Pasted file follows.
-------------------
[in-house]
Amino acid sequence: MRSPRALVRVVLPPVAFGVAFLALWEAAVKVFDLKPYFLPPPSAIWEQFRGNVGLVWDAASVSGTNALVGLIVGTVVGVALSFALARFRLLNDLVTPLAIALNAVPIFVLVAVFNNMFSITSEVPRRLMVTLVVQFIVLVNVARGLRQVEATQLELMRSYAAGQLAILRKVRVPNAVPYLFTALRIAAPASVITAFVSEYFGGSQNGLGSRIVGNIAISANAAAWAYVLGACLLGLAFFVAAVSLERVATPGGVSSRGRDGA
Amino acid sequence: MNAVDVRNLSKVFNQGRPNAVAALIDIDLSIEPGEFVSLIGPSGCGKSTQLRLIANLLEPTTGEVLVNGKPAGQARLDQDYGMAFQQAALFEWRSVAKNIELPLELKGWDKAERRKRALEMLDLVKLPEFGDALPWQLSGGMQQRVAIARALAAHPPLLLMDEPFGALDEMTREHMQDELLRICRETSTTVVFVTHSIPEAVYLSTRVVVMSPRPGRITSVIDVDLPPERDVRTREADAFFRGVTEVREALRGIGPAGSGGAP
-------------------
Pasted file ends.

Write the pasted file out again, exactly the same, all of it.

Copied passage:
[in-house]
Amino acid sequence: MRSPRALVRVVLPPVAFGVAFLALWEAAVKVFDLKPYFLPPPSAIWEQFRGNVGLVWDAASVSGTNALVGLIVGTVVGVALSFALARFRLLNDLVTPLAIALNAVPIFVLVAVFNNMFSITSEVPRRLMVTLVVQFIVLVNVARGLRQVEATQLELMRSYAAGQLAILRKVRVPNAVPYLFTALRIAAPASVITAFVSEYFGGSQNGLGSRIVGNIAISANAAAWAYVLGACLLGLAFFVAAVSLERVATPGGVSSRGRDGA
Amino acid sequence: MNAVDVRNLSKVFNQGRPNAVAALIDIDLSIEPGEFVSLIGPSGCGKSTQLRLIANLLEPTTGEVLVNGKPAGQARLDQDYGMAFQQAALFEWRSVAKNIELPLELKGWDKAERRKRALEMLDLVKLPEFGDALPWQLSGGMQQRVAIARALAAHPPLLLMDEPFGALDEMTREHMQDELLRICRETSTTVVFVTHSIPEAVYLSTRVVVMSPRPGRITSVIDVDLPPERDVRTREADAFFRGVTEVREALRGIGPAGSGGAP